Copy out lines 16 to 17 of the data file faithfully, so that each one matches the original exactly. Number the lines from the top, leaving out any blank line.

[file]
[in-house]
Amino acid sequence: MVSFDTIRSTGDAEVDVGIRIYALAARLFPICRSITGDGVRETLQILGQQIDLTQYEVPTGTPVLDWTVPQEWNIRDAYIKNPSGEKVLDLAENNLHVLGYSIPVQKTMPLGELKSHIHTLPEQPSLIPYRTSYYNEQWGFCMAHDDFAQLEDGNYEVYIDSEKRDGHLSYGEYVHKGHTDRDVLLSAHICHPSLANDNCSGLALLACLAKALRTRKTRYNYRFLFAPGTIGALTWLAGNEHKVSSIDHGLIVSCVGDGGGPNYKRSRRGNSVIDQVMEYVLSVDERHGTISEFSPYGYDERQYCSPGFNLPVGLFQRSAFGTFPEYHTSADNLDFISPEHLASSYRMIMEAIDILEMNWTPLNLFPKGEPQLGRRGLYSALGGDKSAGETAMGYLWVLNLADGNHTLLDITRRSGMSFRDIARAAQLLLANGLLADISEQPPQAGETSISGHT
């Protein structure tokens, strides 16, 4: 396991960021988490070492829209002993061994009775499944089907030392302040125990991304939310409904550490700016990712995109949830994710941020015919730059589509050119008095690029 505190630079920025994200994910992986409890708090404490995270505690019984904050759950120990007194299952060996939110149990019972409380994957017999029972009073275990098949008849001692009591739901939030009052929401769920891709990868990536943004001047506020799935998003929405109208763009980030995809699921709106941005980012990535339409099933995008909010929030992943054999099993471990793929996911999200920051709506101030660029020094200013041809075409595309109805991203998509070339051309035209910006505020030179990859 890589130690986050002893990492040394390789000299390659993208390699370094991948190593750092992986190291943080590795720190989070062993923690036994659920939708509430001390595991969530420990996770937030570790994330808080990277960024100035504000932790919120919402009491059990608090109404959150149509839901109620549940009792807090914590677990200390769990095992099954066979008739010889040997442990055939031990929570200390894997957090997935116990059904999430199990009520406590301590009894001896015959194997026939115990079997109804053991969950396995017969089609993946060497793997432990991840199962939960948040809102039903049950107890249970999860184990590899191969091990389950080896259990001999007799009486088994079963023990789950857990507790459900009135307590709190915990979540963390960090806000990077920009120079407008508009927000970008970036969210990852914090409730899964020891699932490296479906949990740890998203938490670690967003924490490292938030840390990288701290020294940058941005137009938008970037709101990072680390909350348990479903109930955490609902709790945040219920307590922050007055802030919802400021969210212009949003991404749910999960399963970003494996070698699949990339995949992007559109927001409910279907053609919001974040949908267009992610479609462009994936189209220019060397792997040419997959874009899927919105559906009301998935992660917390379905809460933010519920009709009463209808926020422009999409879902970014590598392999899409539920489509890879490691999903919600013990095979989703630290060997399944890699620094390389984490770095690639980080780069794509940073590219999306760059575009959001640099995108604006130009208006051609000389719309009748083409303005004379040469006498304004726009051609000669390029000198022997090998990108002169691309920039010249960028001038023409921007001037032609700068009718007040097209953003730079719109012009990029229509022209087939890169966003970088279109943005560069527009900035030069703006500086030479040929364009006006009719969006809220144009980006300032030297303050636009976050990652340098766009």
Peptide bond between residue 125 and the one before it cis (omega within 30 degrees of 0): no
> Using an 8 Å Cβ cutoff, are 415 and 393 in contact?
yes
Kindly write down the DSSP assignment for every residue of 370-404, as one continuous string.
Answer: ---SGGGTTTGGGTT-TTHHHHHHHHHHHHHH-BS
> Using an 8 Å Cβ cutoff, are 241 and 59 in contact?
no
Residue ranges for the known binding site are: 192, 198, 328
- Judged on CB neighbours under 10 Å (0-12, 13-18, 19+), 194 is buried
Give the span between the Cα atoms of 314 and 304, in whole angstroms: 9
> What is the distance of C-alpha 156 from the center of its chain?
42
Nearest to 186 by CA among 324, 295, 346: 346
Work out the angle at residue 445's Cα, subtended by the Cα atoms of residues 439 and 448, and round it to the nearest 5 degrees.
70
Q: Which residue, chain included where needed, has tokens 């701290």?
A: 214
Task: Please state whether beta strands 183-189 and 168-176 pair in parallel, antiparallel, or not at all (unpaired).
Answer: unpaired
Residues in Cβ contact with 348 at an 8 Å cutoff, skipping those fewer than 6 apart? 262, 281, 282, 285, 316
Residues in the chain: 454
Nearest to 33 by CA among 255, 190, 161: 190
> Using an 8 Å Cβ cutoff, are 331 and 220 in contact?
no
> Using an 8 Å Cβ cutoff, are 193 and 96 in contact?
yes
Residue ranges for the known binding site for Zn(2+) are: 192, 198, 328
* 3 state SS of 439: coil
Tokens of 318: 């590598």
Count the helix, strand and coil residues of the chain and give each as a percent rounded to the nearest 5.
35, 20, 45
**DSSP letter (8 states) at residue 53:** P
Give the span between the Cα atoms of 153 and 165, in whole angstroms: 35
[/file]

Nearest to 186 by CA among 324, 295, 346: 346
Work out the angle at residue 445's Cα, subtended by the Cα atoms of residues 439 and 448, and round it to the nearest 5 degrees.